Low x 0.5 A band of badly organized foes
Average x 1 A small force with one or more notable leaders
High x 2 A well-armed force with several tiers of leadership
Extreme x 4 A large force with formidable strength and influence
Legendary x 8 A legendary monster such as a dragon, a beholder, or a lich.

You'll need to find and face the biggest threats if you want to recover the rarest treasures—so be bold.

Step 3. Calculate Treasure

Once you know the Challenge Level and Threat Rating, you can calculate the amount of treasure to be recovered throughout the adventure:


Treasure: Challenge Level x Threat Rating

Hoard: Individual Treasure x Party Size

To demonstrate this in action, below we see an outline for a 1st-level adventure—the Tomb of the Bone Prince.

The GM is building an adventure for level 1 characters, with a CL of 1 (7 gp) and an average (x1) threat rating—which means that characters should each find around 7 gp of treasure in the adventure (not including any random silver or gold).

The GM scatters the treasure across 7 encounters:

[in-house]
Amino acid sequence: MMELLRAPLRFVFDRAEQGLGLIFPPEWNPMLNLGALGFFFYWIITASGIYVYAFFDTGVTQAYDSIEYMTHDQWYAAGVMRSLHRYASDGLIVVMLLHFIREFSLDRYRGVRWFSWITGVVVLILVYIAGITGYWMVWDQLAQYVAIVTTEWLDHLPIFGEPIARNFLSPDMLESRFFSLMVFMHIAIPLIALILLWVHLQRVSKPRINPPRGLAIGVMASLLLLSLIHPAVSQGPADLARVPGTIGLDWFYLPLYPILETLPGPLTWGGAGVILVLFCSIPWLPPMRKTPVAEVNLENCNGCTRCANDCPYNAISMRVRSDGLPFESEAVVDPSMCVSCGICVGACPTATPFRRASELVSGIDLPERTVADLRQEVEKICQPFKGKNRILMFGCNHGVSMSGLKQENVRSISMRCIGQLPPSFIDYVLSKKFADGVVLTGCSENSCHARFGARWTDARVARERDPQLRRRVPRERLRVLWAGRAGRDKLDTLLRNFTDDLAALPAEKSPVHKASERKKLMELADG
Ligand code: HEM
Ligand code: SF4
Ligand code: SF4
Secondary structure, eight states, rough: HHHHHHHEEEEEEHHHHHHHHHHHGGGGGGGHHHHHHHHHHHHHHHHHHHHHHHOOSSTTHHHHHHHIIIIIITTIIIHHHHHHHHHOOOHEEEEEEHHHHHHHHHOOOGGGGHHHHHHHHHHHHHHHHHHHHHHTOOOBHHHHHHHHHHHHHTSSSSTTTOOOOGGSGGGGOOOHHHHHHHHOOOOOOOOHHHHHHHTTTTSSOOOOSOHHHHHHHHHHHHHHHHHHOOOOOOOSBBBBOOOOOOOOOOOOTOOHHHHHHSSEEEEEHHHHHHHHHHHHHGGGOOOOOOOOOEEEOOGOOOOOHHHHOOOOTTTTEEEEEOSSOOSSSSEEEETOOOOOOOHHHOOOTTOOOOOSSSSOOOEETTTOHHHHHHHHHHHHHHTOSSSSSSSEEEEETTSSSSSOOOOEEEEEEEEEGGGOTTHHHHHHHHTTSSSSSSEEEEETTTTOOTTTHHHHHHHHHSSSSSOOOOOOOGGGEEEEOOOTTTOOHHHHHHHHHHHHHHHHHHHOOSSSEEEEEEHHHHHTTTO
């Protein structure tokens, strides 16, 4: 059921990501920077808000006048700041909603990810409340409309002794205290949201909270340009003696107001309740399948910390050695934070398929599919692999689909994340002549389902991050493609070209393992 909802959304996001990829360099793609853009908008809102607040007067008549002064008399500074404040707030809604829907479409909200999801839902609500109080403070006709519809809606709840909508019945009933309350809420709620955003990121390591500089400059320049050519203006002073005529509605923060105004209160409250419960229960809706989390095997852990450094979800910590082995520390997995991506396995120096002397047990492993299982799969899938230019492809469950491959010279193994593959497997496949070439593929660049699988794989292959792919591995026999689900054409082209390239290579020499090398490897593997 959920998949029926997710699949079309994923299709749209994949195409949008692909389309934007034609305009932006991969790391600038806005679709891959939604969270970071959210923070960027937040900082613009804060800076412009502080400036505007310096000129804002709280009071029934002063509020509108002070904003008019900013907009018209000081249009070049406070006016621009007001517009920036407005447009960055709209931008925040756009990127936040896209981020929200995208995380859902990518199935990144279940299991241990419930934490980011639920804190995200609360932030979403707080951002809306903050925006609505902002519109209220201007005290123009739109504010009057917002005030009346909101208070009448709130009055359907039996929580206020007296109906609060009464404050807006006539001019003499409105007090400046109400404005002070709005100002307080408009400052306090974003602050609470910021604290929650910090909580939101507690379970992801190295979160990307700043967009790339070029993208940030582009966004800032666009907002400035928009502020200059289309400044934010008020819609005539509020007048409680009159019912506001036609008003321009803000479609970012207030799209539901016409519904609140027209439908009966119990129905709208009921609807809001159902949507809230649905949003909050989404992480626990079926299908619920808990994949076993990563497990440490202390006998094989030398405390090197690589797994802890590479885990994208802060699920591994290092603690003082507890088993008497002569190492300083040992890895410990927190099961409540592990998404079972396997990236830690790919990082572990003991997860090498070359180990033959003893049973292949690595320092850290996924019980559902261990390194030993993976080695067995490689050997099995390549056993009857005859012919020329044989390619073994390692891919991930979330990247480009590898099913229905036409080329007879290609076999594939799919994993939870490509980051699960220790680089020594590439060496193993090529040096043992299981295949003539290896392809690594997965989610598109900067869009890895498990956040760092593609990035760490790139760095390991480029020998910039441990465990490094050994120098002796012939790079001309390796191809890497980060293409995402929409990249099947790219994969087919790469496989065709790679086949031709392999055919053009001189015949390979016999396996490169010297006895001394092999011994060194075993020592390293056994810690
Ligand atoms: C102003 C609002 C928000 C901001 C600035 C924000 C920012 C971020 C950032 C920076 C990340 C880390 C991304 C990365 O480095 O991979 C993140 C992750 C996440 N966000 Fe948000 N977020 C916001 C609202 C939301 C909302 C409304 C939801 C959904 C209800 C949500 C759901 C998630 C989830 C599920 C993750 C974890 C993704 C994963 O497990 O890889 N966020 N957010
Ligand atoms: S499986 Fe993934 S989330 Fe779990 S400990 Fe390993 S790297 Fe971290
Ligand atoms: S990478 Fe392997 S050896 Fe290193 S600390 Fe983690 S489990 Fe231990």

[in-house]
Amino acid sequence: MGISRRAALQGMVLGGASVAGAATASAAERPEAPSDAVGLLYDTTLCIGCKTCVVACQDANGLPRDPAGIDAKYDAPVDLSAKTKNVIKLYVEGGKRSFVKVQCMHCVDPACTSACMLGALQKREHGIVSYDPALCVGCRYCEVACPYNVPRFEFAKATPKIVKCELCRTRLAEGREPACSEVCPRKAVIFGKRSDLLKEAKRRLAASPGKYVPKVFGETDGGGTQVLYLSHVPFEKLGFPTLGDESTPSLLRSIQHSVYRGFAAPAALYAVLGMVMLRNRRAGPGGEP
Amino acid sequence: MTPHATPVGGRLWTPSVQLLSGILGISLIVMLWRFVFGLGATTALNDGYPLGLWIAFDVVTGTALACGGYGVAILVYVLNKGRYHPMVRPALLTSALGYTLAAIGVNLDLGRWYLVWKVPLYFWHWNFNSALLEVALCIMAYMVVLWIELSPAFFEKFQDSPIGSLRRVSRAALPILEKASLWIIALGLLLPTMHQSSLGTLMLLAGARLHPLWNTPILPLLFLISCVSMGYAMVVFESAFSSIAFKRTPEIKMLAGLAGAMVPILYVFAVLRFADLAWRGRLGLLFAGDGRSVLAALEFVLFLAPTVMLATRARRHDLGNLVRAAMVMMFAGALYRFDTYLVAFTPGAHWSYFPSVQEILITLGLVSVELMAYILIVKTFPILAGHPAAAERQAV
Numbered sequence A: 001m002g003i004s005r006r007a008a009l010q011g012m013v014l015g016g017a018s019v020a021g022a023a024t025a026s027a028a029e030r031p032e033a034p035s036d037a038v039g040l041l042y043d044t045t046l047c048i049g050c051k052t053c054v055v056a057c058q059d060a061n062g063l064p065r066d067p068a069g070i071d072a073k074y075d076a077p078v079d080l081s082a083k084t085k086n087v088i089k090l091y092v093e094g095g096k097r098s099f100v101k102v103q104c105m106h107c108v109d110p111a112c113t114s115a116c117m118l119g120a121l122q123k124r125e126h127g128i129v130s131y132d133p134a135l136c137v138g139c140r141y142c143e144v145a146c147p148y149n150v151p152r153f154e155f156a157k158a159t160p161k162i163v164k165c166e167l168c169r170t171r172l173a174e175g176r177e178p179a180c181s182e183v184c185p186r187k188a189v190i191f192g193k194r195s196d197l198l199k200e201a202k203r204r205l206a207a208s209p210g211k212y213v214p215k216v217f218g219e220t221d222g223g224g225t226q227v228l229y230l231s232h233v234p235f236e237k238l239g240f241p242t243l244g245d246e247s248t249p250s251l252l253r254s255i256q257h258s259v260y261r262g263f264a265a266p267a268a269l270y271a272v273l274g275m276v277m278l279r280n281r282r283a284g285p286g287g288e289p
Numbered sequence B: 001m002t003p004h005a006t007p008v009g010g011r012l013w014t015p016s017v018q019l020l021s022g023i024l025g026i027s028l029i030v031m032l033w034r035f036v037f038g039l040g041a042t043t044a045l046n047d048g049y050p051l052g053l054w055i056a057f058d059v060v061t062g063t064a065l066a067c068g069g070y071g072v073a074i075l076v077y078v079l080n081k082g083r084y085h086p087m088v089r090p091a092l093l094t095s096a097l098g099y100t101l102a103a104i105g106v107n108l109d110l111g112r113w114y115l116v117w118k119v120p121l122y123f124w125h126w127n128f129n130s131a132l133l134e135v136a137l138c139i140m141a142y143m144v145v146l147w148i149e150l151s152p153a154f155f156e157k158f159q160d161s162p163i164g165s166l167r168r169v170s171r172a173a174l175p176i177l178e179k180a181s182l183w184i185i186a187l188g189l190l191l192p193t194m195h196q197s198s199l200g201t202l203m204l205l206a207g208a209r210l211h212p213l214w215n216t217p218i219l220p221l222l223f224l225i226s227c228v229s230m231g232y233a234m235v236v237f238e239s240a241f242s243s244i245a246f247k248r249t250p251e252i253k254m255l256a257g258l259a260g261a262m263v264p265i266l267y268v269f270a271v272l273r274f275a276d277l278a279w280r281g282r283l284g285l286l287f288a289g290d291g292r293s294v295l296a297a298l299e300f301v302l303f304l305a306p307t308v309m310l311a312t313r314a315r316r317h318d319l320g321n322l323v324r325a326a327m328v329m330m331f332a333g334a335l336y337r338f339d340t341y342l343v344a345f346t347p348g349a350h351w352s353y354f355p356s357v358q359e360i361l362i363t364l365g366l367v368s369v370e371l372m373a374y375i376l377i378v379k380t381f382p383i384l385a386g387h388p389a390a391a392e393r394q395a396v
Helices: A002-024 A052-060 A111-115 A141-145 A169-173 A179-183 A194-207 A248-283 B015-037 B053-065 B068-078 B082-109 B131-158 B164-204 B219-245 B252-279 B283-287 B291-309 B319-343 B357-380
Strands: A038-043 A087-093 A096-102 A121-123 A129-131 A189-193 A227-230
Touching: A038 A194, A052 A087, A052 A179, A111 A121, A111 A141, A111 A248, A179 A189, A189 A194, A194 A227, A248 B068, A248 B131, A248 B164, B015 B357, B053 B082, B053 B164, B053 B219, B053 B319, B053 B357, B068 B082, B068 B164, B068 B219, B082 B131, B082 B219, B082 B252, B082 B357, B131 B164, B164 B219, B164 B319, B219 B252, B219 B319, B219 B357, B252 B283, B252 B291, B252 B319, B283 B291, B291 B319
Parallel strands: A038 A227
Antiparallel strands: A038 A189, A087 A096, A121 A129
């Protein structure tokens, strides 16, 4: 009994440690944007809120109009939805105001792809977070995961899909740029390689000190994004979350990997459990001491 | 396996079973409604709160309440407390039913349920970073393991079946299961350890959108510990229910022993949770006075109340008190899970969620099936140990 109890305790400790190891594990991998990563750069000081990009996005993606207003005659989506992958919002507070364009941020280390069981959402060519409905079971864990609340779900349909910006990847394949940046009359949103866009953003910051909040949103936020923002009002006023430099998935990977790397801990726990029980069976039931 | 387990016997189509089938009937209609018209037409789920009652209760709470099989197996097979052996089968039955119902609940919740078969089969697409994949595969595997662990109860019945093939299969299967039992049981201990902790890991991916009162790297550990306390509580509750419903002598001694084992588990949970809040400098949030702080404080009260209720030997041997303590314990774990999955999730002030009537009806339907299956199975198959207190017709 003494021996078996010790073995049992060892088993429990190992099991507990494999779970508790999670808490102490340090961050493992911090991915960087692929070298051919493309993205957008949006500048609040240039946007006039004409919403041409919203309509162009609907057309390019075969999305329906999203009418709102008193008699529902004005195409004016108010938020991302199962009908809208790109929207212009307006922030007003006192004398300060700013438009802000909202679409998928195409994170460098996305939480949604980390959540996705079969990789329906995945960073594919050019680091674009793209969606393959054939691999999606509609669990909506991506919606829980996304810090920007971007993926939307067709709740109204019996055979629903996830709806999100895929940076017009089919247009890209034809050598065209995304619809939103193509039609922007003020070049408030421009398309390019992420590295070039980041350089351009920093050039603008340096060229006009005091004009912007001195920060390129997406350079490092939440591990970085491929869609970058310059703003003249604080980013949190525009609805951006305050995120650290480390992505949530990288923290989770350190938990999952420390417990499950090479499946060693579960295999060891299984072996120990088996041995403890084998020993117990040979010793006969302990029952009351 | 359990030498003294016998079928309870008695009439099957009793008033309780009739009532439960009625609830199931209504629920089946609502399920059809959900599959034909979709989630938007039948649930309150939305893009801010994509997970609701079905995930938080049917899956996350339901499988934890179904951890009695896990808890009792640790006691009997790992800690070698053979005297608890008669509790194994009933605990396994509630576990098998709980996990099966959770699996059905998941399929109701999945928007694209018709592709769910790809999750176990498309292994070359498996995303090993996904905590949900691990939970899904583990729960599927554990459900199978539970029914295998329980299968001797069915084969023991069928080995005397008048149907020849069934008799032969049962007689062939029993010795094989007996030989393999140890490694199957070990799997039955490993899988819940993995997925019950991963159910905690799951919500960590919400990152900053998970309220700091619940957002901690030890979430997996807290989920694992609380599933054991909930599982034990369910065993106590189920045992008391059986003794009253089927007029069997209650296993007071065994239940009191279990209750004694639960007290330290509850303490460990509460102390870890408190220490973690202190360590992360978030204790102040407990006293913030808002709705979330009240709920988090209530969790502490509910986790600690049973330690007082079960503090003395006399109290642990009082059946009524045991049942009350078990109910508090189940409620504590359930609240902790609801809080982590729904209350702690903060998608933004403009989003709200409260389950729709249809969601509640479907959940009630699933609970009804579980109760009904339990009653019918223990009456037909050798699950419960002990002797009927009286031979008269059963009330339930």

1. Encounter: The Bone Sentinels.
  2. Encounter: The False Prince. Rewards a 1 gp treasure per person (some carved bone dice).
  3. Challenge: A secret passageway to the undertomb.
  4. Encounter: Madrigor, the Blind Cleric. Rewards a 1 gp treasure per person (a golden chalice).
  5. Challenge: A collapsing ceiling and a locked door.
  6. Encounter: The Bone Prince and his Retinue.
  7. Encounter: The Amalgam King. Rewards a treasure hoard worth 5 gp per person (well-cut rubies).

Here, we see Valiant and Chansi return to town from a recent adventure with some recovered treasure in hand.

After a brief expedition into the Rat's Nest, Chansi returns to Darrowmore carrying a jade figurine she reckons is worth 12 gp. She sells it to a local collector, exchanging the figurine for 12 gp and 120 XP.

Valiant also found some treasure—a rare book of holy scripture worth 12 gp. He donates the book to his local church, gaining 0 gp and 120 XP.

The experience gained from any treasure returned to civilization is split equally across everyone who helped obtain it—including helpers, followers, and henchmen.

Stealing or hiding treasure from the rest of the party doesn't grant you any additional XP—once you exchange it for XP, everyone gets an equal cut.

While the group wasn't looking, Clanda palmed an extra ruby from the treasure pile. On returning to town, she sells it to gain 7 gp and 70 XP. Clanda keeps the gold but shares the XP with the rest of the party.